Coaches and relationship therapists as Laura Doyle and Patricia Love (great name for a therapist) suggest stating the DESIRE not the COMPLAINT.

        So for eg, if your husband is always working late, rather than complain about this, uncover the hidden desire within and state that instead.
        So “I really love for us to spend more time together, maybe we could do X or see….”

        It does work; I’ve been on both sides.

        Like

  6. This. This right here. If I am taking on the majority of the emotional and secretarial labor as well as most of the household chores, the fact that he cleaned out the garage one time — never mind that the majority of the stuff in the garage was his anyway — doesn’t make the balance even. Thankfully, I am now with someone who appreciates what I do and takes care to comment on it and take care of some of it for me when I don’t expect it. It is a world of difference.

    Liked by 2 people

  7. cj says:

    In my experience it is *definitely* the second point which destroys everything. If you are always minimised for bringing anything up, no matter big or small, eventually you start to feel you cannot confide your feelings to that person. The intimacy is lost.

    Liked by 1 person

  8. Terry says:

    Great article.

    Liked by 1 person

  9. Brandi Jester says:

    On Tue, Feb 23, 2021 at 9:24 AM Must Be This Tall To Ride wrote:

    > Matt posted: ” (Image/Clearway Community Solar) In one home, it’s a pair > of dehumidifiers near the family’s basement laundry room. In another home, > it’s a little double-sided sign stuck by magnet to the dishwasher. One side > reads ‘Clean.’ The other reads ‘Dirty.’” >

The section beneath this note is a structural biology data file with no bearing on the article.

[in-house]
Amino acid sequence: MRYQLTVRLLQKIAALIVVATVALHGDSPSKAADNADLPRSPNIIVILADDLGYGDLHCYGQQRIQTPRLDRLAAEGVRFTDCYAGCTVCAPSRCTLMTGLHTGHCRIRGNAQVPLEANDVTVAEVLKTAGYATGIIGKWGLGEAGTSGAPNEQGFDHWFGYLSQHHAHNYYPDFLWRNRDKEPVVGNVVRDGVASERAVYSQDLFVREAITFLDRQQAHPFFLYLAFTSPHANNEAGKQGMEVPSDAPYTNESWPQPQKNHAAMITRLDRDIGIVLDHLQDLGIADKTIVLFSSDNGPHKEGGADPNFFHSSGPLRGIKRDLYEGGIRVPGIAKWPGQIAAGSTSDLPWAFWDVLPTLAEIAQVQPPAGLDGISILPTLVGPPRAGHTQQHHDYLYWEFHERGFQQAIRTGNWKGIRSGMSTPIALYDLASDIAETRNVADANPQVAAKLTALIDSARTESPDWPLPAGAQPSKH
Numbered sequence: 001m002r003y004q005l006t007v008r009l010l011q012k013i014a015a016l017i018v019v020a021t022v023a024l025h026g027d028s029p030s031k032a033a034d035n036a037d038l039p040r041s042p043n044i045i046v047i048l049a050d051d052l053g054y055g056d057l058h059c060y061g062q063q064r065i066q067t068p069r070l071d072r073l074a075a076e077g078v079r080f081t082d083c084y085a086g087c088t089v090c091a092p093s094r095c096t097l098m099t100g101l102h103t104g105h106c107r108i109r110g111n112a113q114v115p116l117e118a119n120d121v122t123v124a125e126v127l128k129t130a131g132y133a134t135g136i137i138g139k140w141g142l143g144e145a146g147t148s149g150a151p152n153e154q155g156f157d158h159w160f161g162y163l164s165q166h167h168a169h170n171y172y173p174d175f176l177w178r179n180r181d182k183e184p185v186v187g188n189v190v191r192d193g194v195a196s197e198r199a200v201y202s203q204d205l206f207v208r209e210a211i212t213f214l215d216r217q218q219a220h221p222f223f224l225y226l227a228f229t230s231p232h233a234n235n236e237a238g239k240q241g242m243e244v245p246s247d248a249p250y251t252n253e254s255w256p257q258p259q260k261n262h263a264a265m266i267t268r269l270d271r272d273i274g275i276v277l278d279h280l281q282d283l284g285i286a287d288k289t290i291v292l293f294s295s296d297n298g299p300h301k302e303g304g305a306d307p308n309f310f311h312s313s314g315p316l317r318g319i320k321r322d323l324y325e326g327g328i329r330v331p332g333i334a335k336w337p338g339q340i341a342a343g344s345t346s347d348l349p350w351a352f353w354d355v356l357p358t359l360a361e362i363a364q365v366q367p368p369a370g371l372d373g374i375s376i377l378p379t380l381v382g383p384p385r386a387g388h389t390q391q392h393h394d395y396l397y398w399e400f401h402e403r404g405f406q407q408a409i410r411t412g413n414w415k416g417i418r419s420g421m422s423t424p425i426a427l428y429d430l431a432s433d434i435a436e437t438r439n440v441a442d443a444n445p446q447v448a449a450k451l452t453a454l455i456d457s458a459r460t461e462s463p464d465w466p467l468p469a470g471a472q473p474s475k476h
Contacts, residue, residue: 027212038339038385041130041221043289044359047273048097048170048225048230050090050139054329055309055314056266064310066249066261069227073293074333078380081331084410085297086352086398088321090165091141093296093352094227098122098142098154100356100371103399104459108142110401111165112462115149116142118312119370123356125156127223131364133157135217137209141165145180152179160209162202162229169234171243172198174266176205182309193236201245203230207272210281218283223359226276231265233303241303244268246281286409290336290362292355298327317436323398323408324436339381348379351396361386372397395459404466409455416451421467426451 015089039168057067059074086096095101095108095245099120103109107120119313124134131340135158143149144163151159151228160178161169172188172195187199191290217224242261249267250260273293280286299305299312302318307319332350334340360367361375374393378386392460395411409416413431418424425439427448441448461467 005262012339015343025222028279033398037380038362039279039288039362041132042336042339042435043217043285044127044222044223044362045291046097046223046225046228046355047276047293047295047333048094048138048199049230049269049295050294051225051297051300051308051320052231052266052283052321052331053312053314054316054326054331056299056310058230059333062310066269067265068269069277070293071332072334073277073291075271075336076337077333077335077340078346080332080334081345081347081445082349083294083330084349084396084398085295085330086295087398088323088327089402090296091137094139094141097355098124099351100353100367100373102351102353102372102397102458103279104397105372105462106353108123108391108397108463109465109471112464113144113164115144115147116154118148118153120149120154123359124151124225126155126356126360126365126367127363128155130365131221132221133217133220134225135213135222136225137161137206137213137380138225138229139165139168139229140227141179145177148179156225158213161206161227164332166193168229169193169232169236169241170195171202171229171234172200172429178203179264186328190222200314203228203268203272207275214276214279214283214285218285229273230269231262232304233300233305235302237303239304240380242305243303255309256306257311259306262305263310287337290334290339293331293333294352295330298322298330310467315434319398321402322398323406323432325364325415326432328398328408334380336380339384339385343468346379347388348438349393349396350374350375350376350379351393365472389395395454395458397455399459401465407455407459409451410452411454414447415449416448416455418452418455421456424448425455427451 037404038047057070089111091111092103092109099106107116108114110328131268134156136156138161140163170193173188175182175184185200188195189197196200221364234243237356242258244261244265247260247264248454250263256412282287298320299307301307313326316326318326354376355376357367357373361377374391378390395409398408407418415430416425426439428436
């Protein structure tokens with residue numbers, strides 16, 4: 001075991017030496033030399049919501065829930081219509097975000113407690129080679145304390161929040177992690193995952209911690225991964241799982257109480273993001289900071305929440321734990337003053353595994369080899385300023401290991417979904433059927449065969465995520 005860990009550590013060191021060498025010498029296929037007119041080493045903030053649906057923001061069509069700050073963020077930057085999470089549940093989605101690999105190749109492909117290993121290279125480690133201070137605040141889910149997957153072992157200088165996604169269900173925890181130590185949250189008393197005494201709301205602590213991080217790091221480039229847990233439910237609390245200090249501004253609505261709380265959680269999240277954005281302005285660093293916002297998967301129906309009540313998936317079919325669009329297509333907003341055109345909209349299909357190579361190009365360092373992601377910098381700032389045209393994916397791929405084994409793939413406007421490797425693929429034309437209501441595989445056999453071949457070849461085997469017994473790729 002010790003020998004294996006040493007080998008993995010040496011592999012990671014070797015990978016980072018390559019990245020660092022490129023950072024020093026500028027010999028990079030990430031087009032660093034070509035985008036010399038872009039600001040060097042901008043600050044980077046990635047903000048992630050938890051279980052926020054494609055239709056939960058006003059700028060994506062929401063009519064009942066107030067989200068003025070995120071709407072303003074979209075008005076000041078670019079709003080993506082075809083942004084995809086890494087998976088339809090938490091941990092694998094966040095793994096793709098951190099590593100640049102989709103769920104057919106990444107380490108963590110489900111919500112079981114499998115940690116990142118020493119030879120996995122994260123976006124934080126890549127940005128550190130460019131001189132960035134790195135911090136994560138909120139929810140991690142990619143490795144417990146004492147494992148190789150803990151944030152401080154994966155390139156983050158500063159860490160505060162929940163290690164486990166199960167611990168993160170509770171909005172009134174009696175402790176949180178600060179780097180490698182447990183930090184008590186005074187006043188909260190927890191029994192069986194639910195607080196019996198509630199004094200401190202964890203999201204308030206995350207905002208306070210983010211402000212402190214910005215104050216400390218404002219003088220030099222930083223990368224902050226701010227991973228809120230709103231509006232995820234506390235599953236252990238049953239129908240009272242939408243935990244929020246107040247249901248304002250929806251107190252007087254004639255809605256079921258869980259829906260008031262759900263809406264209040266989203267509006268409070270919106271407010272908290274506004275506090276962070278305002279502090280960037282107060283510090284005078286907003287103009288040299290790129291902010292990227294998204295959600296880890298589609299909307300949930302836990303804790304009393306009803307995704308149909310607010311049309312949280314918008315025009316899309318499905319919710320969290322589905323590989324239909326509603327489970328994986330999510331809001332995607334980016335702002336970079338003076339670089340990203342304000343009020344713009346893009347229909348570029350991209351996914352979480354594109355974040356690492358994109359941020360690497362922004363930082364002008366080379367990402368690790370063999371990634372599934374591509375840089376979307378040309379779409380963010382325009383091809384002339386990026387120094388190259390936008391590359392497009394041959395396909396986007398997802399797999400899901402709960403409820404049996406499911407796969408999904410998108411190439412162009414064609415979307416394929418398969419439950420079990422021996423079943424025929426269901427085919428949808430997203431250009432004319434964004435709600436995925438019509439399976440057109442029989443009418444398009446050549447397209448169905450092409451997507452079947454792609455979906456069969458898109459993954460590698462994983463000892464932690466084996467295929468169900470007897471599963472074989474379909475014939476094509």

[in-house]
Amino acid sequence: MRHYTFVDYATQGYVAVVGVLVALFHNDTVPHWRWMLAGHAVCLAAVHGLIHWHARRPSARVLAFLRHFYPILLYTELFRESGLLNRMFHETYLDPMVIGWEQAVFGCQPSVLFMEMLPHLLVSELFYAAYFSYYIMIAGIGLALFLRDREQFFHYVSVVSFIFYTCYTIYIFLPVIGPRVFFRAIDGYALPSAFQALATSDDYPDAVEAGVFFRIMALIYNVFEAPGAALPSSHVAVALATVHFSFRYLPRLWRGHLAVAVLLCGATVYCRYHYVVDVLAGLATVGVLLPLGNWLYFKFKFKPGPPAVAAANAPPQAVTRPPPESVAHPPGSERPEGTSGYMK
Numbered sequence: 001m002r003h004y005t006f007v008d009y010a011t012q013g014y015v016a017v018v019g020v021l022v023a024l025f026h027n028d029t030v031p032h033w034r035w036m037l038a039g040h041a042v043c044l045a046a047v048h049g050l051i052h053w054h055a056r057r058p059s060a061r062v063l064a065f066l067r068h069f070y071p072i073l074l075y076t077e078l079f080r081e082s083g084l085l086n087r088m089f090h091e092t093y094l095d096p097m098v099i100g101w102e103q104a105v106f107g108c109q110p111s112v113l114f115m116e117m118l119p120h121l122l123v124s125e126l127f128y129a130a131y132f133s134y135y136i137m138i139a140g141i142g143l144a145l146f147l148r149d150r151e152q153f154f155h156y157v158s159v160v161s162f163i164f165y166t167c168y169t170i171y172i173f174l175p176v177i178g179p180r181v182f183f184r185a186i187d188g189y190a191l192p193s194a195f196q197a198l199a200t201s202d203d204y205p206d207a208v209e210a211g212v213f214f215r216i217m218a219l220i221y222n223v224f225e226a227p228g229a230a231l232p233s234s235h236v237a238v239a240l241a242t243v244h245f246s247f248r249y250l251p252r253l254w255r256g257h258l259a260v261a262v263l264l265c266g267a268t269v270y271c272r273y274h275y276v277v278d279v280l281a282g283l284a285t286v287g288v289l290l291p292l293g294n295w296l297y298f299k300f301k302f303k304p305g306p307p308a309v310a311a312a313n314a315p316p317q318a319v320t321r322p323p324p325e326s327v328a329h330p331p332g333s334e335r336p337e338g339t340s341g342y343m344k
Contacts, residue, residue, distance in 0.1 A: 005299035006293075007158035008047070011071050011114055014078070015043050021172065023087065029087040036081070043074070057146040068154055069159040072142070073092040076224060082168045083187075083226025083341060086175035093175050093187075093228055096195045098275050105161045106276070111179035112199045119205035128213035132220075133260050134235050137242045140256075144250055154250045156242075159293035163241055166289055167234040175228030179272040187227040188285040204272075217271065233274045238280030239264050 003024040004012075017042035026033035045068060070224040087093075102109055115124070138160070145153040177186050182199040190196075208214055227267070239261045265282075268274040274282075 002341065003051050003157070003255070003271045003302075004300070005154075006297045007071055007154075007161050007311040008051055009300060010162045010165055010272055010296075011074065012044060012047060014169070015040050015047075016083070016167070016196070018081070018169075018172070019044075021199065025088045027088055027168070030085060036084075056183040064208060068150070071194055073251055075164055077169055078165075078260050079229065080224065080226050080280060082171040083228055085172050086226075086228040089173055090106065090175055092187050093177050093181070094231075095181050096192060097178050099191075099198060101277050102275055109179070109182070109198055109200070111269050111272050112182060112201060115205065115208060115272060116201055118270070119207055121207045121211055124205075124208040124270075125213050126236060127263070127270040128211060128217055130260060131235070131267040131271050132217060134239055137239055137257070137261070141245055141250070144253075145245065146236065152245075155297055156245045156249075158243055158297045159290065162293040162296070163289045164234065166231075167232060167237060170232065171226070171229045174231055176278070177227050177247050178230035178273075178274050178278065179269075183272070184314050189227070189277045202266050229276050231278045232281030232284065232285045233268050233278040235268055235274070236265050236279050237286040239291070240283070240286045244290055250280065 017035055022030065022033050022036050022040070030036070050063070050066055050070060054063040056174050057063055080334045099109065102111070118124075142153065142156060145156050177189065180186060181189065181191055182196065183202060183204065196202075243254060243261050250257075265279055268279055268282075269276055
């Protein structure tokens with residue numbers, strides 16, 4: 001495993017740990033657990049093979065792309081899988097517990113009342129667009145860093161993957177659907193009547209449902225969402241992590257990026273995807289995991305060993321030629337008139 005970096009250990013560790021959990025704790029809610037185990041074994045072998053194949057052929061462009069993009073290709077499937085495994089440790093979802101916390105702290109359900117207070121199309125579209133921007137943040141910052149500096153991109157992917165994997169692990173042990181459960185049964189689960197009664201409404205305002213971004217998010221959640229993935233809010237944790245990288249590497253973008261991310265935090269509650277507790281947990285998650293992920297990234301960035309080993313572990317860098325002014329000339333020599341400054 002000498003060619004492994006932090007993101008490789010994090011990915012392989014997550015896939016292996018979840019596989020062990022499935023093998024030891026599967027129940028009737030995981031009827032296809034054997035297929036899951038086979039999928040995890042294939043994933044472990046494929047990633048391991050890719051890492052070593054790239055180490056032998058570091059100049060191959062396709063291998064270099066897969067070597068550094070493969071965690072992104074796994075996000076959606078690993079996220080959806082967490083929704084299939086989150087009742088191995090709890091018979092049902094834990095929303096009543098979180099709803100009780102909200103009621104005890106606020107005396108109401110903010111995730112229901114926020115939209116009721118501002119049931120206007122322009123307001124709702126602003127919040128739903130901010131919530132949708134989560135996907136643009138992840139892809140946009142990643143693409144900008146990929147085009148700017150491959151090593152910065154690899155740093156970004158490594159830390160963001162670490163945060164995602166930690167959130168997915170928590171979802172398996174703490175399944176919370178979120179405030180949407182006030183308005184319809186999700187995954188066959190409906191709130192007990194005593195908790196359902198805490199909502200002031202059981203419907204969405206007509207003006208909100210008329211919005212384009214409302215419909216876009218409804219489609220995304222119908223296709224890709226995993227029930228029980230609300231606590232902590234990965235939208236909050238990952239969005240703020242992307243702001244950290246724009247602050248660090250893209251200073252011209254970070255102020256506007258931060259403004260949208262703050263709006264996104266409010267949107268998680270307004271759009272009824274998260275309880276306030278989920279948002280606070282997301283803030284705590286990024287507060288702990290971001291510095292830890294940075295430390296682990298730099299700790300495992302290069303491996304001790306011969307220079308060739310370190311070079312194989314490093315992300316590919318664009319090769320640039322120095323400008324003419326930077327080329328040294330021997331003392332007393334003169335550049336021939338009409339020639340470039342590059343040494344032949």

Like

  10. JR Kern says:

    Thanks for this great piece. So critically important, I am sending to my young adult children to read (they are both in committed relationships). In our family we have watched a video called “The Magic Coffee Table” a dozen times (link below) so it is part of our family lore, and the other day my husband thought the snow on our front walk magically melted (he wouldn’t take the time to shovel and so I did it)…I said “Oh so now we have a magic front walk as well?” Watch the short video, you’ll understand! Looking forward to your next column, Julie

    Like

  11. Angela says:

    I literally just professed these same feelings and lack of to my spouse this morning and low and behold a blog with the exact message I’ve been trying to convey to my husband (I fear unsuccessfully) shows up in my email. Thank you! This blog is spot on and validated my feelings.

    Like

  12. You really have a way of driving this point home in real life, everyday language and sentiment. But to know you have widened your reach to affect real husbands and real couples makes my heart so happy. Press on!!

    Like

  13. Louie says:

    As usual Matt spot on! Hope all is well with you your son your ex and all the others you love. Quick updates… Anne’s treatments are working well… We’ve become grandparents to a beautiful little girl and expect our grandson anytime now and I started a new career post retirement ( I was losing my mind not working) all in all life’s good and we have much to look forward to hand in hand

    Liked by 1 person

    • Matt says:

      Louie!

      I really love this update from you. Thank you so much. Congratulations on grandchildren. That must be uniquely joyful.

      Louie, I don’t think I knew that Anne required any treatments. There are several health conditions that may require them and I don’t expect you to share here what those are. (If you feel like sharing via email or Messenger, please do.)

      You’re all dealing with several major changes at the same time. It’s a lot for anyone. But it sounds like you’re doing it together. I think that’s the best way.

      Exclusively good wishes for you and yours always. Excellent to see your name and hear good news about your life.

      Thank you for your long-time support and encouragement. Good things are happening on this end, and I’m looking forward to being able to share more about those when the powers that be say that I can.

      Like

      • Louie says: